East Grand Forks family loses two military sons
EAST GRAND FORKS -- An East Grand Forks family has lost a second military son to a noncombat incident.
Marine Cpl. Ryan Pape, 23, died Thursday during a training exercise at Camp Pendleton in California, according to information received by the family.
Pape had served tours in Iraq, according to family friends.
Two Marines were dispatched Friday from Wahpeton, N.D., to deliver the news of his death to his parents, Ron and Shar Pape. No additional information on the training exercise was immediately available.
On May 18, 2005, Marine Cpl. Riley Pape, a decorated veteran of fighting in Iraq's Anbar province, was killed in a motorcycle accident, also in California. He was 22.
A third brother, Ross, who served with the Army in Iraq, is out of the military and farming with his father.
Members of the family gathered Friday at the Pape home, where through a spokesman they declined to talk about their latest loss.
Mike McNamara, who as a Marine officer served with Riley Pape in Iraq, spent several hours with the family Friday.
"These great young guys called me 'sir,' " McNamara said. "They were the most selfless and noble guys you'd ever meet."
McNamara, a Grand Forks City Council member and radio personality, had called in to his station from Iraq one day when Ron Pape called in and asked him to check on his son, Riley.
"I got to meet him, and I got to know him," he said, and they made plans to get together again when both came home. After Riley was killed, McNamara said he went to the Pape home and met Riley's parents and brother Ryan.
"Ryan told me at Riley's funeral that he wanted to join the Marines," McNamara said.
"It's just crushing ... that's the only word that fits ... just crushing that they've lost two sons."
The family's pastor, the Rev. Charles "Bud" Johnson of Bethany Lutheran Church, also was with the Pape family much of the day.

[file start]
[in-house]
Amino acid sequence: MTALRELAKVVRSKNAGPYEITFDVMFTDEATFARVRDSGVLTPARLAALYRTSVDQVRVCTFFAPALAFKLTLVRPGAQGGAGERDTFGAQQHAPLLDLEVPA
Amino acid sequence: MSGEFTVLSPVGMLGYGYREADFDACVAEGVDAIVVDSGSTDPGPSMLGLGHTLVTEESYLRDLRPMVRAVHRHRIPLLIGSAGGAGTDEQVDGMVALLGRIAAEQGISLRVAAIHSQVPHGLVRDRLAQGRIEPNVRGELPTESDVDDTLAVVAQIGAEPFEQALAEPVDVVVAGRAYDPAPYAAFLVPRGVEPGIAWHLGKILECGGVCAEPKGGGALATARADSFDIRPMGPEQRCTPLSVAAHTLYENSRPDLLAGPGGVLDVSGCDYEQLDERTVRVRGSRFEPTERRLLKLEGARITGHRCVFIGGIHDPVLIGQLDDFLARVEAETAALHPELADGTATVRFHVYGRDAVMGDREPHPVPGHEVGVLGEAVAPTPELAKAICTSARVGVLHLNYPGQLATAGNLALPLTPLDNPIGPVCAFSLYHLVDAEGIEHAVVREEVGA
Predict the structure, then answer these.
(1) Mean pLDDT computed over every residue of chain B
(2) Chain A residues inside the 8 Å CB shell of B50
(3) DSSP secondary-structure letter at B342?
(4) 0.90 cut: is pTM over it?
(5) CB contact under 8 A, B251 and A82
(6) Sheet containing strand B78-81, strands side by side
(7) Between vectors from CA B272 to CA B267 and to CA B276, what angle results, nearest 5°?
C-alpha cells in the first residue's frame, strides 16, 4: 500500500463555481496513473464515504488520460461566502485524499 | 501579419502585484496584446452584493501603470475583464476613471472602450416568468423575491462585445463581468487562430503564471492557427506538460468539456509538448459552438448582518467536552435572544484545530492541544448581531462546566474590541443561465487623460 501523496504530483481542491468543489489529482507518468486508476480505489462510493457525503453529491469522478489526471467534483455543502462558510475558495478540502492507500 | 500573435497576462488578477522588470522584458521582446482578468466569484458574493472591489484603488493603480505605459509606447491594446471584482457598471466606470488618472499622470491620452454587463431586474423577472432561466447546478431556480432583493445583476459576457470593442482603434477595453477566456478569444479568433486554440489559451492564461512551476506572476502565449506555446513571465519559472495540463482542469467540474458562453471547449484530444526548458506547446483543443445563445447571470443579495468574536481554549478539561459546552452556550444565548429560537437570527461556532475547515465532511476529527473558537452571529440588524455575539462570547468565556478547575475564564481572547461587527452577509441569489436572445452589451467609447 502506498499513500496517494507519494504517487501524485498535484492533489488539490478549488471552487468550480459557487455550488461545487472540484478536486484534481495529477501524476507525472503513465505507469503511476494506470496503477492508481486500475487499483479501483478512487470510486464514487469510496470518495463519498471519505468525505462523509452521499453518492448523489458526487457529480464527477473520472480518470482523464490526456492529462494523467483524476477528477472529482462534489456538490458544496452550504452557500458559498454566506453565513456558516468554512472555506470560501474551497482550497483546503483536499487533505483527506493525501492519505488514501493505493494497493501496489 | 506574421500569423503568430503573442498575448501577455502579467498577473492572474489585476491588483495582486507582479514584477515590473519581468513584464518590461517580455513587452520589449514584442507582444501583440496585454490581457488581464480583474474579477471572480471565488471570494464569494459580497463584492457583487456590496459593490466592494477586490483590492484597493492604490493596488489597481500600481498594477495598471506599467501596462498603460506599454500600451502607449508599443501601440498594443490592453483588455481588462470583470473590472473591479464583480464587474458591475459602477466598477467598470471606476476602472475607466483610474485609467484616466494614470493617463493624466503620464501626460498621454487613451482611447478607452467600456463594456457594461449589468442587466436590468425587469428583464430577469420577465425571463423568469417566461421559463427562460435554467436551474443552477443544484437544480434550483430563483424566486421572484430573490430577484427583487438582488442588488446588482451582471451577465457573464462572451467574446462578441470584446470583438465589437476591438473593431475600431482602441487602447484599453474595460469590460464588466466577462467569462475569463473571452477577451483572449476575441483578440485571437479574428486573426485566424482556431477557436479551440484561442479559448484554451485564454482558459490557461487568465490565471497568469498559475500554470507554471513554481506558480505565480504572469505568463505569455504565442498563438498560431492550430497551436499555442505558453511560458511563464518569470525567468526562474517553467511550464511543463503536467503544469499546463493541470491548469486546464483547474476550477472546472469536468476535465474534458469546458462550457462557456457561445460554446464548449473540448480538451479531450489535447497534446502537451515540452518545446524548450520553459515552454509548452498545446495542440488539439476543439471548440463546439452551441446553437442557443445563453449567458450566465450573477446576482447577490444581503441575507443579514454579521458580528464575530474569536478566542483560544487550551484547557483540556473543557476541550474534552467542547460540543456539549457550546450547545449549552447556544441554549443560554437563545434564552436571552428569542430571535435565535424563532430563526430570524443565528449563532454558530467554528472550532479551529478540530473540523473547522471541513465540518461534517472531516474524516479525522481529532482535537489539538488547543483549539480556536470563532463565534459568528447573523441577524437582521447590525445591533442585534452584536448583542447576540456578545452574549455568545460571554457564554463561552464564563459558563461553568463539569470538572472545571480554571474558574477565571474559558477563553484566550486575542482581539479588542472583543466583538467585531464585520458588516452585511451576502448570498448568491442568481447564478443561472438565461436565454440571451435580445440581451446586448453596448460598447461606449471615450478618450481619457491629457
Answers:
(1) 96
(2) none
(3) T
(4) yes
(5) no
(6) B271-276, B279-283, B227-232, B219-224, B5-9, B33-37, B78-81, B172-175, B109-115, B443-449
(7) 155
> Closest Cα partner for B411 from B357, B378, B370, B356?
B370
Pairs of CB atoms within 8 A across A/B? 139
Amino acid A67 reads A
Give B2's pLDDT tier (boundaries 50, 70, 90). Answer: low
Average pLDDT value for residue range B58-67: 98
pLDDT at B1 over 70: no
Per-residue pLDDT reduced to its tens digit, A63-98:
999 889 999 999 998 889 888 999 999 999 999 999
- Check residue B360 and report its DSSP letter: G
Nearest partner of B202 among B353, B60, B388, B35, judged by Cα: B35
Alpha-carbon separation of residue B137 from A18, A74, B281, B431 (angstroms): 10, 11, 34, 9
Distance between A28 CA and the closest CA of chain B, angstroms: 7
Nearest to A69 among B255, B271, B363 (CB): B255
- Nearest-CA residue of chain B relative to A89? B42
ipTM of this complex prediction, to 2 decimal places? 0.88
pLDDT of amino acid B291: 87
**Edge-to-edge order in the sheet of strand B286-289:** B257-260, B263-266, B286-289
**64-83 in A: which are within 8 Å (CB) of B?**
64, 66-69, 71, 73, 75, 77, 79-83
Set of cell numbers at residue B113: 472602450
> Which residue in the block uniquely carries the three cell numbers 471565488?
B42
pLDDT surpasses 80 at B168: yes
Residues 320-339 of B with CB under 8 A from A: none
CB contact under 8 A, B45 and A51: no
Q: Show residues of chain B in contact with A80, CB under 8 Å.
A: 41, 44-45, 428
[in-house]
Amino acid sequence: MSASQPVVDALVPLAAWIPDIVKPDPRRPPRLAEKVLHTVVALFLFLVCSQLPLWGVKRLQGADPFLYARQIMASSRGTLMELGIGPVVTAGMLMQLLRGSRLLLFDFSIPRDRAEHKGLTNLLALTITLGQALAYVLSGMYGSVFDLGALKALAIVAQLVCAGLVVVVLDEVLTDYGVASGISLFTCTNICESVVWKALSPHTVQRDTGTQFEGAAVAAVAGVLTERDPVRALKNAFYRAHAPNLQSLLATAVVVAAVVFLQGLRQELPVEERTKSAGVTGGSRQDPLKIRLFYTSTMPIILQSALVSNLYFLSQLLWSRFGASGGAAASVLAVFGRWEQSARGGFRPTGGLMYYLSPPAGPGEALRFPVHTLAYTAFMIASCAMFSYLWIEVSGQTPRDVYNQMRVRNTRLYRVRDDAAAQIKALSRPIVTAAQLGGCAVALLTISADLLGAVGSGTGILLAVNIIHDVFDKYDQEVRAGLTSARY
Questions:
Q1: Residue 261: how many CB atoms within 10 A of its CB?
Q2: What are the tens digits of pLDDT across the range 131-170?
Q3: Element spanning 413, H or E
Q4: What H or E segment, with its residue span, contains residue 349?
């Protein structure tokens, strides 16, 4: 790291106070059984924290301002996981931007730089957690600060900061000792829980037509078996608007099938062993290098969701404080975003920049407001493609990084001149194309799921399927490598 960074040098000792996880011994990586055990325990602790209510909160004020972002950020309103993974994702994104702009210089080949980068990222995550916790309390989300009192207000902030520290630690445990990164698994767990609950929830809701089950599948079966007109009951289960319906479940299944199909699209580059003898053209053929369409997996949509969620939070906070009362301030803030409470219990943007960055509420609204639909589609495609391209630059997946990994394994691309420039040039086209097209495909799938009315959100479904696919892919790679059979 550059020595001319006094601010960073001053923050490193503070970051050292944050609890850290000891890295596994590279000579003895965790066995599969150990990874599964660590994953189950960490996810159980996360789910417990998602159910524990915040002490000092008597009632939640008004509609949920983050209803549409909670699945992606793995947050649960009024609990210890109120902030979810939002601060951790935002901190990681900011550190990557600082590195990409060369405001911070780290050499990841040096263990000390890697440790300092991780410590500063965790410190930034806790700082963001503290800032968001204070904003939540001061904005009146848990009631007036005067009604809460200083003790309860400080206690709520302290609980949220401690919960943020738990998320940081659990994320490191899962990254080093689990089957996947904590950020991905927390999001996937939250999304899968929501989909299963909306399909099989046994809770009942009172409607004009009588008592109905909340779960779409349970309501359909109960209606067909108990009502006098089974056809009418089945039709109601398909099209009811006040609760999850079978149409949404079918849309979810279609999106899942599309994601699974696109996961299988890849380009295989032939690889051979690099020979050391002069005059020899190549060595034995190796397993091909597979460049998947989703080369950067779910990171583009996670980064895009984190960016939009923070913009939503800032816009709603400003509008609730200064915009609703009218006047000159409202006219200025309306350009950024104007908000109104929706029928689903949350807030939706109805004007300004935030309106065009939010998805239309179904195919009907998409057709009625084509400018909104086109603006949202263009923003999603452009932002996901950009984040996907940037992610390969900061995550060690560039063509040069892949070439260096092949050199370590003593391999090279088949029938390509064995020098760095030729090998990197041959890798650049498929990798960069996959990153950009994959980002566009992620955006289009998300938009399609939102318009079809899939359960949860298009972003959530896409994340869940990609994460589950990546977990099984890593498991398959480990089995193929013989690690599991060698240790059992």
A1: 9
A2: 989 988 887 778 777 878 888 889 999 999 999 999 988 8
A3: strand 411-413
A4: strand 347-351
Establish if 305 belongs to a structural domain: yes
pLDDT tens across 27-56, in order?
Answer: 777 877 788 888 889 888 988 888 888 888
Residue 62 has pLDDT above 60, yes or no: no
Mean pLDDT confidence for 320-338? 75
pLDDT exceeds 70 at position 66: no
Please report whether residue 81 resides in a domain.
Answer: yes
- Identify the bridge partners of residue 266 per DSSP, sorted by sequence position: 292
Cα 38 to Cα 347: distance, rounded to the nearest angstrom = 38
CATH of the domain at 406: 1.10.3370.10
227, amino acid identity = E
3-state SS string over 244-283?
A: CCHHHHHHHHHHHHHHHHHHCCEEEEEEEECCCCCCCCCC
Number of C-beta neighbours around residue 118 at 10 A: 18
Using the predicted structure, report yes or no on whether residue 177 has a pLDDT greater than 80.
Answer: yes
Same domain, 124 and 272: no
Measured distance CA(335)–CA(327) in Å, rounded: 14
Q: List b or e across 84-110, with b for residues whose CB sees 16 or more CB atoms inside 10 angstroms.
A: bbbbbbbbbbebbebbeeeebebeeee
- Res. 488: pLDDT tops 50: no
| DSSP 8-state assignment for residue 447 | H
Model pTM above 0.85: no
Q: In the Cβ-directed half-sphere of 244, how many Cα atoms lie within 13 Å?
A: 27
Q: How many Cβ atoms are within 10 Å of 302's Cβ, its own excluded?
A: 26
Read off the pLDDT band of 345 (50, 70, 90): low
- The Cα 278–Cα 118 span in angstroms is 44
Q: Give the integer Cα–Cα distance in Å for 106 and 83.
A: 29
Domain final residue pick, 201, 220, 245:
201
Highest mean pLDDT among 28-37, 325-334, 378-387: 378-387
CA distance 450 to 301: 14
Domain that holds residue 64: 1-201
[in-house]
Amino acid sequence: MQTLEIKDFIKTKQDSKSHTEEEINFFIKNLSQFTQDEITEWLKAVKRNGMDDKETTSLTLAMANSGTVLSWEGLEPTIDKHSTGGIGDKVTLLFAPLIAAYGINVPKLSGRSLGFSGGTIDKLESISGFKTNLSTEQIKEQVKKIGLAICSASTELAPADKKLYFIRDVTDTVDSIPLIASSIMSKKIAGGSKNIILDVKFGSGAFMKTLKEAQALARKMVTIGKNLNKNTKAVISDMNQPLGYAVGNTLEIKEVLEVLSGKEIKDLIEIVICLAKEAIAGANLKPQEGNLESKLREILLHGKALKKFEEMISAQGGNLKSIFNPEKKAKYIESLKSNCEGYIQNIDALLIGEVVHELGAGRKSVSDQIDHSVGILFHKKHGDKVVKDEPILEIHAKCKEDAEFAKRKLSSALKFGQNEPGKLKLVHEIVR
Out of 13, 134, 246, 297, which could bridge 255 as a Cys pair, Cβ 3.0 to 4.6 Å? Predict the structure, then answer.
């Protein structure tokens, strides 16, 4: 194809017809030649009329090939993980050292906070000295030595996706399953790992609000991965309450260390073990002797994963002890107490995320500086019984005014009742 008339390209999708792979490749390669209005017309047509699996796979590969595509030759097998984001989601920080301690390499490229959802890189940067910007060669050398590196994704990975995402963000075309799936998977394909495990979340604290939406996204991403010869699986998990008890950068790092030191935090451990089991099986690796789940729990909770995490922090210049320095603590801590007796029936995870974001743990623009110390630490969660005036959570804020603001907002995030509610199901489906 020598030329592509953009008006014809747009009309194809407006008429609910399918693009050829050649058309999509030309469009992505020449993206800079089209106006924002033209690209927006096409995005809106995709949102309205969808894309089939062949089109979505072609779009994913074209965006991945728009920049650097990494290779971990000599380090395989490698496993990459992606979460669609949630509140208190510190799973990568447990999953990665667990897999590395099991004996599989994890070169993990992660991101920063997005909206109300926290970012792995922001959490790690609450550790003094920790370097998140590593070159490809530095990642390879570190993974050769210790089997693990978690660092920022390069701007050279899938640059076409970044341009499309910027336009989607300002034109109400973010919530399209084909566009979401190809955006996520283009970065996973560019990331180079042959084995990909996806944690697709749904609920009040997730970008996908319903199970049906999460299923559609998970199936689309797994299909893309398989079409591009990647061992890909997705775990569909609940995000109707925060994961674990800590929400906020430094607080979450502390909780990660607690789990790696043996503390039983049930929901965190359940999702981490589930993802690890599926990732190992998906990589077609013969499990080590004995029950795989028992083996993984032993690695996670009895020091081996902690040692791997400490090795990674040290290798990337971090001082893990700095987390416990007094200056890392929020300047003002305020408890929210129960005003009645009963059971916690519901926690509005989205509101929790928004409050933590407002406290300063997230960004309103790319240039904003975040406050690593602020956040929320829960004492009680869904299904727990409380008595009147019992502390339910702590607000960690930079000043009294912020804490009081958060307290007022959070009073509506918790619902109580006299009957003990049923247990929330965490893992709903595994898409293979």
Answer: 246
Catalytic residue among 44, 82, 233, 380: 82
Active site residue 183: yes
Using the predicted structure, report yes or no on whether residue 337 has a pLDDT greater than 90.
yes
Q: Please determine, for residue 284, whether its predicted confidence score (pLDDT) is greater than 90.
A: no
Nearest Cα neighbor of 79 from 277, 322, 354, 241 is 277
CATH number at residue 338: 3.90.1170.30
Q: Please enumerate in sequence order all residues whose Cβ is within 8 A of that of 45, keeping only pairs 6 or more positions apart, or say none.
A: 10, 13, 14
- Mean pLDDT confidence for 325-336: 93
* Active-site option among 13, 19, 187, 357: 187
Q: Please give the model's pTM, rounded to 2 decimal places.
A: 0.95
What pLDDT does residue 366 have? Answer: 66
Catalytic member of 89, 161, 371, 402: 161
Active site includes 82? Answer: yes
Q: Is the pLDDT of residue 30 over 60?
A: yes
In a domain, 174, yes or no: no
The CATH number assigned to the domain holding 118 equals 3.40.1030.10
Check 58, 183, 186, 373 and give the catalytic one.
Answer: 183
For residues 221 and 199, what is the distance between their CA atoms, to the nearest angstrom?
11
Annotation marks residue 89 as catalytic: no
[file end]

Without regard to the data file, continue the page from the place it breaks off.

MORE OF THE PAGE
"Ryan was quiet, soft-spoken, but he was a leader," said Claudia Johnson, the pastor's wife. "He was active in church and school activities, and he was a very dedicated Marine -- patriotic, very proud to serve his country.
"He was also very proud to be a farmer," she said. "But after his brother was killed, he wanted to go into the military."
The family was "devastated" by Riley's death, she said.
"Now, two sons, both Marines, tragically killed ... I don't know how you handle that, except that this is a very strong family with a strong faith," she said. "And they have many friends who will help them through this."
When he was home on leave in November 2004, Riley Pape told the Herald it was difficult to watch the heavy fighting around Falujah on TV -- though he was proud to have been part of a Marine reconnaissance unit that had gathered intelligence reports on insurgent strength and activities there.
"They are all my brothers over there, every single one of them, and watching it on the news is tough, not being there," he said.
"Iraq is a dangerous place. You have to go into every city and treat it as, 'This could be my last trip. This could be my last breath.' "
At the time, Ross was in the Army and Ryan, then 18 and a high school senior, had enlisted in the Marines and was scheduled to start boot camp as soon as he graduated.
Their father talked about having three sons in uniform.
"Sometimes it's good, and sometimes it's not so good," Ron Pape said in 2004. "It depends on where they are and what they're doing. When we had two of them in Iraq, there were some sleepless nights."